I fell in love with New Orleans 20-some years ago, when I attended a Writers Conference here. The high point of the closing party was an impromptu Cake Walk procession led by a woman no longer in the springtime of life. She was bold and vibrant and wore a gardenia in her hair -- and she was 70 if she was a day. No one was embarrassed for her. You're never too old to have fun here, I thought, and when I'm old, this is where I will come. (Any other nominations for places where you're never too old to have fun?)
Since that trip I have returned to the city many times. What has most charmed me over the years is a kind of collective sense of humor. Everyone in New Orleans gets the joke, and this turns even mundane transactions into playful encounters. Here's one only-in-the-New Orleans story: I was standing in the parking lot of the Rock n Bowl, a combined bowling alley and dance hall that draws crowds from all walks of life. A black stretch limousine drew up, and from it emerged a Just Married couple, he in black tie, she in full bridal white. Each clutched a long neck bottle of bear. As the bystanders gaped, the groom turned to his new wife and, after an exquisitely timed comic pause, said, "Gee, honey, do you think we're a little overdressed?" (If you have a favorite New Orleans story, please send it in.)
A couple of years ago, I started hearing people talk about moving to New Orleans someday. My sister and her husband began looking at real estate there. It made sense. There was great food, great music, a lively cultural scene, bookstores, sidewalks, universities and teaching hospitals. The winters were warm and you could wear a flower in your hair and lead a Cake Walk at any age.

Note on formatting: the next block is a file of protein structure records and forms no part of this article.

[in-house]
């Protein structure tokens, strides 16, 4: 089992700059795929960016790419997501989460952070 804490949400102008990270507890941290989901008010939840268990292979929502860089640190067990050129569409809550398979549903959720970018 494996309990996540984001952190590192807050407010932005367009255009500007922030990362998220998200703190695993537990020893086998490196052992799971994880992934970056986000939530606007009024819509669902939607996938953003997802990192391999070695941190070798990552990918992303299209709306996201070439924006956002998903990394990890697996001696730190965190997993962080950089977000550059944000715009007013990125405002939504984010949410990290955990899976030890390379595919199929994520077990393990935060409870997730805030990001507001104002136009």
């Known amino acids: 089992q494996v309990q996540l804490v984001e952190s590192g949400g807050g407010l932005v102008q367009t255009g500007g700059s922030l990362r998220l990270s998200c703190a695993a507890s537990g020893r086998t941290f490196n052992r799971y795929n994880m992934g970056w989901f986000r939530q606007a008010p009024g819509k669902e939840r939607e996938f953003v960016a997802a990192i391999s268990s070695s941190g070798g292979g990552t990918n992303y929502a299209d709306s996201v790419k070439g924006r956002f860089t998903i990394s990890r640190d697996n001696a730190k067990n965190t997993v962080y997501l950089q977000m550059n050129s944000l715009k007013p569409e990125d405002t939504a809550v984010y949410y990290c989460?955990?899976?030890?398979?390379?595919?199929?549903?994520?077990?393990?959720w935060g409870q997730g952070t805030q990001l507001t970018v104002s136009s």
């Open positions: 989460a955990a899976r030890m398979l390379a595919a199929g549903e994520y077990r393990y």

I pictured New Orleans becoming a Boomer retirement mecca. Hurricane Katrina may have scotched that idea for now, but the city remains a place where older citizens do not subside. Even in death they seem to have plenty to celebrate. I get to see that for myself one afternoon when I fall in with a Second-Line jazz funeral parade. The traditional way to mark the passing of a New Orleans personage is to hold a procession—led by a brass band and open to anyone who wants to follow along.
As the marchers gather outside the Backstreet Cultural Museum, I learn that the decedent, Keith "Flames" Keller, was a blues harmonica player, a sound engineer and a rehabber of houses destroyed by Katrina. The pace is set by two Grand Marshals twirling festooned umbrellas, and the famous Treme Brass Band provides the music. Bringing up the rear is a carriage drawn by two black horses and holding a photograph of Keller decorated with musical notes and a tuba.
The procession winds from the Treme neighborhood through the French Quarter to the Mississippi River, picking up followers all along the way. As we near the Quarter we're at least 80 strong, and, the dirges give way to that most exultant of spirituals, "I'll Fly Away." People begin strutting in time with the brass band. And I decide that a New Orleans jazz funeral is the best kind of send-off anybody could have.